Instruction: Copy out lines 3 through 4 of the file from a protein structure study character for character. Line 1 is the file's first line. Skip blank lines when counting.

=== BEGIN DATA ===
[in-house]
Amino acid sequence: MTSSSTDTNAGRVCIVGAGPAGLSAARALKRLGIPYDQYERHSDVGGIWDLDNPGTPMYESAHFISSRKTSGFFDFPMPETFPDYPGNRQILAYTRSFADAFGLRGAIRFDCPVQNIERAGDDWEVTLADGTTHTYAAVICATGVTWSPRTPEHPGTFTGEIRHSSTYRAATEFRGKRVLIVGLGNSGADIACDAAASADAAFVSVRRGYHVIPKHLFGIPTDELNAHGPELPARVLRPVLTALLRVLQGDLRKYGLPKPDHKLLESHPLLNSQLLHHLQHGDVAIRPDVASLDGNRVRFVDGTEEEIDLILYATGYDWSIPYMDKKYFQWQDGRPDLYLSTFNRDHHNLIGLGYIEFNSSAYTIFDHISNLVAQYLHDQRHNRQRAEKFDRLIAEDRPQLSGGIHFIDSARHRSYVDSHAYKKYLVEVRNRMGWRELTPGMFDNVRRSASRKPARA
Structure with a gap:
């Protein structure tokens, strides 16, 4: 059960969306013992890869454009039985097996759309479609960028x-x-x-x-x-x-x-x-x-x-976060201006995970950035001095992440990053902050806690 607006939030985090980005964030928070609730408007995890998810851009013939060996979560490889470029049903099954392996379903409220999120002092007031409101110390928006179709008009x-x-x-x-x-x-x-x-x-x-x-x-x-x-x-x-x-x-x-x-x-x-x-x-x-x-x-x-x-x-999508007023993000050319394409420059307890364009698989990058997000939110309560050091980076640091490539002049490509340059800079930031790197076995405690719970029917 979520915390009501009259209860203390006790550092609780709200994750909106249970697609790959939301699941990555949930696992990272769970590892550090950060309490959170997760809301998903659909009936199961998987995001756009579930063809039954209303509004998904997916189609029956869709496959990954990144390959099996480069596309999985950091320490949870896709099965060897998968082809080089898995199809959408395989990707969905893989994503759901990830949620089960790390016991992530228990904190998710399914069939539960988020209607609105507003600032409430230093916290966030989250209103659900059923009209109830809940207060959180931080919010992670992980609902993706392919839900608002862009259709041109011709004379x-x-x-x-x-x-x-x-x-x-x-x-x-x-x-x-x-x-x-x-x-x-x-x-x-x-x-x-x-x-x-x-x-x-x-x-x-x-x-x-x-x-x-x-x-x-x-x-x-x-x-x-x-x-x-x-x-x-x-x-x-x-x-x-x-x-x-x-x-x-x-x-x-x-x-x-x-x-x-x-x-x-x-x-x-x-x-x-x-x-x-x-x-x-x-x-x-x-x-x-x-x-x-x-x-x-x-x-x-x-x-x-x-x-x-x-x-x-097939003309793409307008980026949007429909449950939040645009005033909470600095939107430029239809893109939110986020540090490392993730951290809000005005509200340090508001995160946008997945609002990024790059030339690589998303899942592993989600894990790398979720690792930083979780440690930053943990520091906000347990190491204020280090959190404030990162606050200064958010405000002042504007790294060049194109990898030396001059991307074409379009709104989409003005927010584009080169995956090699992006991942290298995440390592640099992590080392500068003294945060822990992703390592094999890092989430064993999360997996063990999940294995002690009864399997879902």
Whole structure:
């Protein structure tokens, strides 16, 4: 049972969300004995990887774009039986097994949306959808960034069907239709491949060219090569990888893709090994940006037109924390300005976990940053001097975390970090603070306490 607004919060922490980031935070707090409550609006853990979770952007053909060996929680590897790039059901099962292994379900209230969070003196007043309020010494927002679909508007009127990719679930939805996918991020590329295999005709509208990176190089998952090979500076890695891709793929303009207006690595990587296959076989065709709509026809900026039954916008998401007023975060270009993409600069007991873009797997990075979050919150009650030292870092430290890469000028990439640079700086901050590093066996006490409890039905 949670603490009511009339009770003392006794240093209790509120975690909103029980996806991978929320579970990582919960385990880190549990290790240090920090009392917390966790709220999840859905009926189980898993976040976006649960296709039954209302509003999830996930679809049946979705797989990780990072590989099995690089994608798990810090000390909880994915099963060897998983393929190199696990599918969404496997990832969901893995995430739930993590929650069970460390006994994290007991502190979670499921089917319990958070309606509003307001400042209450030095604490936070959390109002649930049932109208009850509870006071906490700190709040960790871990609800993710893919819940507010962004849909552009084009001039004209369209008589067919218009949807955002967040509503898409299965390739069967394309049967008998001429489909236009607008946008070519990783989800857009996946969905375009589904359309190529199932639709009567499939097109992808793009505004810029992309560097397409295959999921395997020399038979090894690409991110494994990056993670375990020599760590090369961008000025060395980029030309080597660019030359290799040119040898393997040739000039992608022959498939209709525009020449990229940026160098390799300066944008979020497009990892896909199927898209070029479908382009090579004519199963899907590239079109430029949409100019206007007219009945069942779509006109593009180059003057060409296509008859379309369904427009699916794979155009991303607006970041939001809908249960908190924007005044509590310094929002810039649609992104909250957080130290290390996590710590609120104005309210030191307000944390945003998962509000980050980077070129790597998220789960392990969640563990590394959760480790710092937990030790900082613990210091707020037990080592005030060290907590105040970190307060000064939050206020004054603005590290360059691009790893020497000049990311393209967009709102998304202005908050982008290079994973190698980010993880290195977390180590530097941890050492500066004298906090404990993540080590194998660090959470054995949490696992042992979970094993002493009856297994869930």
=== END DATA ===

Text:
Structure with a gap:
């Protein structure tokens, strides 16, 4: 059960969306013992890869454009039985097996759309479609960028x-x-x-x-x-x-x-x-x-x-976060201006995970950035001095992440990053902050806690 607006939030985090980005964030928070609730408007995890998810851009013939060996979560490889470029049903099954392996379903409220999120002092007031409101110390928006179709008009x-x-x-x-x-x-x-x-x-x-x-x-x-x-x-x-x-x-x-x-x-x-x-x-x-x-x-x-x-x-999508007023993000050319394409420059307890364009698989990058997000939110309560050091980076640091490539002049490509340059800079930031790197076995405690719970029917 979520915390009501009259209860203390006790550092609780709200994750909106249970697609790959939301699941990555949930696992990272769970590892550090950060309490959170997760809301998903659909009936199961998987995001756009579930063809039954209303509004998904997916189609029956869709496959990954990144390959099996480069596309999985950091320490949870896709099965060897998968082809080089898995199809959408395989990707969905893989994503759901990830949620089960790390016991992530228990904190998710399914069939539960988020209607609105507003600032409430230093916290966030989250209103659900059923009209109830809940207060959180931080919010992670992980609902993706392919839900608002862009259709041109011709004379x-x-x-x-x-x-x-x-x-x-x-x-x-x-x-x-x-x-x-x-x-x-x-x-x-x-x-x-x-x-x-x-x-x-x-x-x-x-x-x-x-x-x-x-x-x-x-x-x-x-x-x-x-x-x-x-x-x-x-x-x-x-x-x-x-x-x-x-x-x-x-x-x-x-x-x-x-x-x-x-x-x-x-x-x-x-x-x-x-x-x-x-x-x-x-x-x-x-x-x-x-x-x-x-x-x-x-x-x-x-x-x-x-x-x-x-x-x-097939003309793409307008980026949007429909449950939040645009005033909470600095939107430029239809893109939110986020540090490392993730951290809000005005509200340090508001995160946008997945609002990024790059030339690589998303899942592993989600894990790398979720690792930083979780440690930053943990520091906000347990190491204020280090959190404030990162606050200064958010405000002042504007790294060049194109990898030396001059991307074409379009709104989409003005927010584009080169995956090699992006991942290298995440390592640099992590080392500068003294945060822990992703390592094999890092989430064993999360997996063990999940294995002690009864399997879902």